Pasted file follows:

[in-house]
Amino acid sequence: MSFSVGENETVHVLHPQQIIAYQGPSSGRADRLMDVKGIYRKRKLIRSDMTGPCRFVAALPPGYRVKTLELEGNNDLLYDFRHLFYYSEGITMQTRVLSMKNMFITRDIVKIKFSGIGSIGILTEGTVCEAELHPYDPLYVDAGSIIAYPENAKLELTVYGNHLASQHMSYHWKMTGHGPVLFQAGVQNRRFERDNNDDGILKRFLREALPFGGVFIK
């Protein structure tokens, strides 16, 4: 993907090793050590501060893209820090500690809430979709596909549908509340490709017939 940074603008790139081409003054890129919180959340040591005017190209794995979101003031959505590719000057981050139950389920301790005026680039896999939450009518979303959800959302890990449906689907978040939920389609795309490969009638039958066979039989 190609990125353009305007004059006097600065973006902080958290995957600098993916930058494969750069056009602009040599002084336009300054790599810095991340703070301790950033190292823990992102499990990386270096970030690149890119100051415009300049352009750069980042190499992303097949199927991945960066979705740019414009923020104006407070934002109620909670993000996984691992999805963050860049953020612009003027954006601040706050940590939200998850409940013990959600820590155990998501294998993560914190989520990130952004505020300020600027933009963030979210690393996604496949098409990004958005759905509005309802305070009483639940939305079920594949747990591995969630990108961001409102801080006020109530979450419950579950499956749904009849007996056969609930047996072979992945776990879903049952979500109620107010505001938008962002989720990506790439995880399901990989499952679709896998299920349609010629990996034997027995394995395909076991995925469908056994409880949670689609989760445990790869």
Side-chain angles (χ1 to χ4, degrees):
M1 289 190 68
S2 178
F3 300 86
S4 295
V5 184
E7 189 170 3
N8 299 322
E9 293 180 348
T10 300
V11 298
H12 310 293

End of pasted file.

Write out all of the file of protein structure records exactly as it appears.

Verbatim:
[in-house]
Amino acid sequence: MSFSVGENETVHVLHPQQIIAYQGPSSGRADRLMDVKGIYRKRKLIRSDMTGPCRFVAALPPGYRVKTLELEGNNDLLYDFRHLFYYSEGITMQTRVLSMKNMFITRDIVKIKFSGIGSIGILTEGTVCEAELHPYDPLYVDAGSIIAYPENAKLELTVYGNHLASQHMSYHWKMTGHGPVLFQAGVQNRRFERDNNDDGILKRFLREALPFGGVFIK
């Protein structure tokens, strides 16, 4: 993907090793050590501060893209820090500690809430979709596909549908509340490709017939 940074603008790139081409003054890129919180959340040591005017190209794995979101003031959505590719000057981050139950389920301790005026680039896999939450009518979303959800959302890990449906689907978040939920389609795309490969009638039958066979039989 190609990125353009305007004059006097600065973006902080958290995957600098993916930058494969750069056009602009040599002084336009300054790599810095991340703070301790950033190292823990992102499990990386270096970030690149890119100051415009300049352009750069980042190499992303097949199927991945960066979705740019414009923020104006407070934002109620909670993000996984691992999805963050860049953020612009003027954006601040706050940590939200998850409940013990959600820590155990998501294998993560914190989520990130952004505020300020600027933009963030979210690393996604496949098409990004958005759905509005309802305070009483639940939305079920594949747990591995969630990108961001409102801080006020109530979450419950579950499956749904009849007996056969609930047996072979992945776990879903049952979500109620107010505001938008962002989720990506790439995880399901990989499952679709896998299920349609010629990996034997027995394995395909076991995925469908056994409880949670689609989760445990790869």
Side-chain angles (χ1 to χ4, degrees):
M1 289 190 68
S2 178
F3 300 86
S4 295
V5 184
E7 189 170 3
N8 299 322
E9 293 180 348
T10 300
V11 298
H12 310 293